Step 3: It is important to take a radiograph to ensure that the impression coping has properly seated. This is especially important when dealing with implants that have been placed deep.
Step 4: Prior to registering an impression, it is important to block off the hex with wax so that the component can be reseated accurately into the impression.
Step 5: An adequately fitted tray is used to register an impression of the arch (including the impression coping). When removing the tray, the impression coping will stay engaged to the implant. The impression coping is designed with indices to allow it to be placed back into the impression aligned in a specific way.
Step 6: The next step is to remove the closed tray impression coping from the implant and replace the healing abutment. Upon removing the impression coping from the mouth, it should be tightly screwed to a lab analog. Once it has been connected, the impression coping (with the attached lab analog) should be very carefully seated back into the impression. This step can be done by the dentist but is often done by the lab under a microscope to ensure full seating. At this point, the impression can be poured by the lab and a restoration fabricated.
Step 1: The first step is identical to the closed-tray technique. Verify osseointegration and make sure the appropriate parts have been ordered. For open-tray impression copings, most implant companies fabricate them in a short and a long size. The short is usually used in the posterior where there is limited inter-arch space, and the long is typically used in the anterior.
Step 2: As with the closed-tray technique, the healing abutment should be removed, and the open-tray impression coping is seated and hand-tightened.
Step 3: A verification film should be taken to ensure adequate seating.
The next step is where things differ.
Step 4: A plastic tray of appropriate size is chosen. A window needs to be made in the tray where the impression coping will emerge. This window needs to be of adequate size to allow some give for the impression tray to be seated. It is recommended that this window be covered in a thin layer of way (baseplate, or rope wax). The way will contain the impression material while the tray is being seated. It will also provide a visual indication of where the coping is going to emerge.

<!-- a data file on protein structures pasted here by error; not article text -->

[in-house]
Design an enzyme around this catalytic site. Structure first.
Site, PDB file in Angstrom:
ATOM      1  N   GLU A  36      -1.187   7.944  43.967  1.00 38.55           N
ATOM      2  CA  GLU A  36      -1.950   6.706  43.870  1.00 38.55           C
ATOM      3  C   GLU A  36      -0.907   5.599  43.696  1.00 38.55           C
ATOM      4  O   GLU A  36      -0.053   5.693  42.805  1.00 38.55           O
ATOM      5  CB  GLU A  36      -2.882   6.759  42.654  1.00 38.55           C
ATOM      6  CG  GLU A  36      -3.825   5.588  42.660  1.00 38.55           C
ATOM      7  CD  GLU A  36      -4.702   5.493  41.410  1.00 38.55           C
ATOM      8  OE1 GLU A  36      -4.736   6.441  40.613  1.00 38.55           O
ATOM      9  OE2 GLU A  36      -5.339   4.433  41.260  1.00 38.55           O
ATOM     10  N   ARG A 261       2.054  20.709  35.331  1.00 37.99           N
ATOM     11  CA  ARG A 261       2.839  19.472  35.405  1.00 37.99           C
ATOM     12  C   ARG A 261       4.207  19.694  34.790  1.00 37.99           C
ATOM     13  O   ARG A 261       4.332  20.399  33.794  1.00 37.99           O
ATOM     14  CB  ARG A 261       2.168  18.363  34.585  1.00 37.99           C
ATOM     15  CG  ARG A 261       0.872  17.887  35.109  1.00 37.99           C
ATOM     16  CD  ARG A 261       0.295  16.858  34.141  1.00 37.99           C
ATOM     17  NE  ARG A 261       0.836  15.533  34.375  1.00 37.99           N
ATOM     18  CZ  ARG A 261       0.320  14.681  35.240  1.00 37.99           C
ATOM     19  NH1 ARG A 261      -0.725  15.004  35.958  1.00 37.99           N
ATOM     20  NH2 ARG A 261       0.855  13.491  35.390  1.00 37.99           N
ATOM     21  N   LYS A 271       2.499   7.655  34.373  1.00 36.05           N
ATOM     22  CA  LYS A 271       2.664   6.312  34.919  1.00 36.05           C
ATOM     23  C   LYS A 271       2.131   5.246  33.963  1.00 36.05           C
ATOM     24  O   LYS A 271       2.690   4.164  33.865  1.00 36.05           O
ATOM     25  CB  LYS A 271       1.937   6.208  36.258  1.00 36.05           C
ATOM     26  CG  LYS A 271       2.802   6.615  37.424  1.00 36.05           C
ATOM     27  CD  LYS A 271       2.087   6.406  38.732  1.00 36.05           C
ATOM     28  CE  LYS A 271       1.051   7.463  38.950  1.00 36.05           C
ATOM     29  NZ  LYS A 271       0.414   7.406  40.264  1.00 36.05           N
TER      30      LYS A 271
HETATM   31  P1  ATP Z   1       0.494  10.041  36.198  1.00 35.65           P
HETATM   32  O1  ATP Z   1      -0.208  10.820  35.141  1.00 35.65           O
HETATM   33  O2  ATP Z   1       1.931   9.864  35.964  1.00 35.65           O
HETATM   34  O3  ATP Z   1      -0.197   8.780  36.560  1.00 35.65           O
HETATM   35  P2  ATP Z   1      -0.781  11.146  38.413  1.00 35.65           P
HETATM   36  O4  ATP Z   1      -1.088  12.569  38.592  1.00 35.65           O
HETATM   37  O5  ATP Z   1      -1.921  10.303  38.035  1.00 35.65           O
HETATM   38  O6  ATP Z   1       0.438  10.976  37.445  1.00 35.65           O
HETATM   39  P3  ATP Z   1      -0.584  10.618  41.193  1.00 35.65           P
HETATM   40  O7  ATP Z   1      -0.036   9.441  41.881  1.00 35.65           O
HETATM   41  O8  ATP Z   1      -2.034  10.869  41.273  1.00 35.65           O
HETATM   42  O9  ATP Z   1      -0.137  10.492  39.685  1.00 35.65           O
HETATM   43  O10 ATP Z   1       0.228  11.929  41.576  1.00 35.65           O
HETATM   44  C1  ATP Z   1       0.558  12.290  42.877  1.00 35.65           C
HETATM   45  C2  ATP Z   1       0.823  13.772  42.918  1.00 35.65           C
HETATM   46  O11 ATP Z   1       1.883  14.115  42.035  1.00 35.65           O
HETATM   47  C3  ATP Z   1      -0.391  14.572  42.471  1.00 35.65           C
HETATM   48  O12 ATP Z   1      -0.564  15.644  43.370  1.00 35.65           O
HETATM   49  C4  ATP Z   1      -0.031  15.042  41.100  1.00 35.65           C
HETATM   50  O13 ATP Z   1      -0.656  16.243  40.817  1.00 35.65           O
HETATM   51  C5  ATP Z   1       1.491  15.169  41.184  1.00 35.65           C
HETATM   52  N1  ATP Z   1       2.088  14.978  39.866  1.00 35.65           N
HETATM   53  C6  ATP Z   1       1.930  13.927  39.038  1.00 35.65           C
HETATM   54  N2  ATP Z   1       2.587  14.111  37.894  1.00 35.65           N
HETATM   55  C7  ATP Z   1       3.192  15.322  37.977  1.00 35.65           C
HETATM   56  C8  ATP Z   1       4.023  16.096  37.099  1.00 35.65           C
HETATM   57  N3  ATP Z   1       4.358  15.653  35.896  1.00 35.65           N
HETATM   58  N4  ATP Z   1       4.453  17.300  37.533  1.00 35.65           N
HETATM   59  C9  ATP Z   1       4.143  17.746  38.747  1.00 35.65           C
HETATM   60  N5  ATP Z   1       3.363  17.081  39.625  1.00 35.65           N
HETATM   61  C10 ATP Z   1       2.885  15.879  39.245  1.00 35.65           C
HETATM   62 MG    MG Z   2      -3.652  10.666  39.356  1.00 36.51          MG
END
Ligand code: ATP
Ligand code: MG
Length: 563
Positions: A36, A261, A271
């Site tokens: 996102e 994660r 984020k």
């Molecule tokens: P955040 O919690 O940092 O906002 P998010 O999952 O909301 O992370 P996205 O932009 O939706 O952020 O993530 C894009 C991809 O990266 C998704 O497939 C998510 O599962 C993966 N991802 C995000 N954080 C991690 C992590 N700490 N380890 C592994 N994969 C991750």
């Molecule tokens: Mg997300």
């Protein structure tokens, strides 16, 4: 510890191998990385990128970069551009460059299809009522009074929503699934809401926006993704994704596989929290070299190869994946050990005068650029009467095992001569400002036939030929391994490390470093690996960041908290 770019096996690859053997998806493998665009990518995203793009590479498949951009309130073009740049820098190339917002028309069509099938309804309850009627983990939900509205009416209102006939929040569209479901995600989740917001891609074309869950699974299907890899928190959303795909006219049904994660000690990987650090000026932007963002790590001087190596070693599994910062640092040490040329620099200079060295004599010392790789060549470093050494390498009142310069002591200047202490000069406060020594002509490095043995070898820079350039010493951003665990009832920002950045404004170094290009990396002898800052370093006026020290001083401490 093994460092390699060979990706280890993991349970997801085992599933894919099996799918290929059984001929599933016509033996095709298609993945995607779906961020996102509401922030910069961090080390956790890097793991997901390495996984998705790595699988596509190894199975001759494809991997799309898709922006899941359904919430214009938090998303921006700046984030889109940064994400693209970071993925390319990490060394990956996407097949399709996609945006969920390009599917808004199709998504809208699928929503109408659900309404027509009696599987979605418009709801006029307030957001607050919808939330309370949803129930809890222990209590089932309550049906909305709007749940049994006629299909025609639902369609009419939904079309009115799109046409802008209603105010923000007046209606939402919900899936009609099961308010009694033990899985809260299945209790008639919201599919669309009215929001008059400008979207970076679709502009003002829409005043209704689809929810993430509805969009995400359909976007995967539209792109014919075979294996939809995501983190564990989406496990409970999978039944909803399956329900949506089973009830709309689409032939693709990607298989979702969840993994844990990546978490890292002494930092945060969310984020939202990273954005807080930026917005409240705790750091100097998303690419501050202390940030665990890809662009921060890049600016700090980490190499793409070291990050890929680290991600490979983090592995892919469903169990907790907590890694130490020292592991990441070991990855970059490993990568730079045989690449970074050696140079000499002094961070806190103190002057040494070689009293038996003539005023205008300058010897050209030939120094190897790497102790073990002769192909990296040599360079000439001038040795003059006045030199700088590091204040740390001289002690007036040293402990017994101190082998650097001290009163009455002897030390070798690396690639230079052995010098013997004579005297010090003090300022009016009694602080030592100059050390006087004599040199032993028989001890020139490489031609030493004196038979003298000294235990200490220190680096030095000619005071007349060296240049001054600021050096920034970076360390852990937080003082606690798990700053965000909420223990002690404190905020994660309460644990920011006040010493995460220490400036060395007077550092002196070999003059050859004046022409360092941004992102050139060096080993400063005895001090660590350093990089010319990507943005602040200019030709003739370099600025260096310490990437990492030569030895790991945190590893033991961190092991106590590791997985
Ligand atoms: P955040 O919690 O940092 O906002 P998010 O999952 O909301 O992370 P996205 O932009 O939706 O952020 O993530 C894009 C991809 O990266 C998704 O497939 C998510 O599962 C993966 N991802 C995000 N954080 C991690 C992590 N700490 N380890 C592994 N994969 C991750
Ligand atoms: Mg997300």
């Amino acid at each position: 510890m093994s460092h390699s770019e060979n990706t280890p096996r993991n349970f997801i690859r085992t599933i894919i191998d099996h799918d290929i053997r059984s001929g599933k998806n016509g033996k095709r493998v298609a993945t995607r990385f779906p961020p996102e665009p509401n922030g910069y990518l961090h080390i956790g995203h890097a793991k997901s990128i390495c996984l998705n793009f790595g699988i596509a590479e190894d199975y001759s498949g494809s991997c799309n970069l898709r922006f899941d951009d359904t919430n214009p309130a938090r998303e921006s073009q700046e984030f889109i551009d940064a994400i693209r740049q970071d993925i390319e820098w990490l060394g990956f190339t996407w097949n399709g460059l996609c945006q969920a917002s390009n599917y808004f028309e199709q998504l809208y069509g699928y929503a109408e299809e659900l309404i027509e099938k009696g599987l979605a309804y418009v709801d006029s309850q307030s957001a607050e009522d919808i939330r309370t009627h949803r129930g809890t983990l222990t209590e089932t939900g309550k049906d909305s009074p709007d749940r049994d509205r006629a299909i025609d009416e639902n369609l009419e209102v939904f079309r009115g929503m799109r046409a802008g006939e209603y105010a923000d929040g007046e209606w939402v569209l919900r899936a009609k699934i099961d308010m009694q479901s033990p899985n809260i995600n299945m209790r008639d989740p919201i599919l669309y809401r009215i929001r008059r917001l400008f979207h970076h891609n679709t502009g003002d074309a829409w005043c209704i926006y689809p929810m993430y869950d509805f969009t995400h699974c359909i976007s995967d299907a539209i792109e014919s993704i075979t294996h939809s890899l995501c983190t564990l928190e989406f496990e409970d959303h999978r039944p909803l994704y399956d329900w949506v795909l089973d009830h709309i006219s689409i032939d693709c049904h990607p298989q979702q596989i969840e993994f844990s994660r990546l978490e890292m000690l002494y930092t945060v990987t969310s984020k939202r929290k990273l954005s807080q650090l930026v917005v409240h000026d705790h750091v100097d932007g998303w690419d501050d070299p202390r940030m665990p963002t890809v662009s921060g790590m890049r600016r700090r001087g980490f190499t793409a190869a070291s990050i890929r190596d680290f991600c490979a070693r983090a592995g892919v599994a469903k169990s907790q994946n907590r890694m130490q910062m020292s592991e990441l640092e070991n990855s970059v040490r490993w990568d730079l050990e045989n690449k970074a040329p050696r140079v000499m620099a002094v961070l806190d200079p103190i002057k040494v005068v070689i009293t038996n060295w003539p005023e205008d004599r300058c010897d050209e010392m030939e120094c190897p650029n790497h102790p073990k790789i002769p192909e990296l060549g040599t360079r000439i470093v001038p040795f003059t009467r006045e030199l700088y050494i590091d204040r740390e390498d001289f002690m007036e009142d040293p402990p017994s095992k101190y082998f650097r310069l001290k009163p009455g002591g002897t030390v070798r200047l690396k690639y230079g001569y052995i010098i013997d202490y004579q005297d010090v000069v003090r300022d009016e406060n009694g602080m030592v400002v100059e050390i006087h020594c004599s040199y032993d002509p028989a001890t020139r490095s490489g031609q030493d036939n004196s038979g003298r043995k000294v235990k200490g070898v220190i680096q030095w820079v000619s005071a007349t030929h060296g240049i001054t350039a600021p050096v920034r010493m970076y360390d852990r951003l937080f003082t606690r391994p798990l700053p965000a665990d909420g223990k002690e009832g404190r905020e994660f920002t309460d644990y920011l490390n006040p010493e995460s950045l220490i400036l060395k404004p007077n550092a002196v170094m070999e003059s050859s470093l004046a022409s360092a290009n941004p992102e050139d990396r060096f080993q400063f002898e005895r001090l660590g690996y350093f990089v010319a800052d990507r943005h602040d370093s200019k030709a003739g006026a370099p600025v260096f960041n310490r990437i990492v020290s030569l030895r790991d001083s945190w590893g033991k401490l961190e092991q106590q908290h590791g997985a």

Step 5: The tray is loaded with impression material and the impression is taken. As the tray is being seated, the coping should be visualized pushing through the wax. It is important that the coping is visible before the impression material sets otherwise retrieving the post will be very onerous.
Step 6: Once the impression material has set, the impression coping should be unscrewed and the impression removed. The analog can be placed on the impression coping (that has been picked up by the impression) at this time or sent to the lab with the impression to be done there.
For the single implant crown restoration, both techniques are equally accurate (according to published literature). For multiple units that will be splinted, it is advised that the open-tray impression technique be used as the copings can be connected for improved accuracy and picked up in one impression.
Implant-Retained Restorative Options
Overdenture w/ LOCATORS
Minimally invasive, yet affordable (typically 2 implants on lower / 2.4 on upper, LOCATOR attachments)
Implant-retained, tissue supported
Denture connects to LOCATOR attachments, yet still rests and is mainly supported by tissue
Removable by patient
Provides additional retention and significantly reduces denture mobility
Can retrofit existing denture to "pick up" LOCATOR attachments
Implants help to preserve the shape/volume of existing ridge (proximal to implant locations)
Denture still slightly mobile
Increased maintenance required (cleaning of food particles around implants/attachments in denture)
Easier to maintain for patient
Implant-retained, implant-supported (sometimes bar overdenture will also be supported by tissue in posterior)
Denture has metal "coping" or "sleeve" which fits directly onto milled bar: retention is achieved either mechanically or via LOCATOR attachments
Often chosen if patient's ridges are greatly resorbed, and additional lip support is needed
Removable by patient
Splinted bar provides improved stress distribution
Nylon retention inserts last longer
More expensive: 4-6 implants (typically), additional lab costs for denture - possibly SRA's plus bar
Maintenance - routine, thorough cleaning by patient necessary
Though fixed, sometimes still made of the same material as conventional denture (acrylic base, plastic teeth)
Can require significantly more space vertically to achieve esthetics and function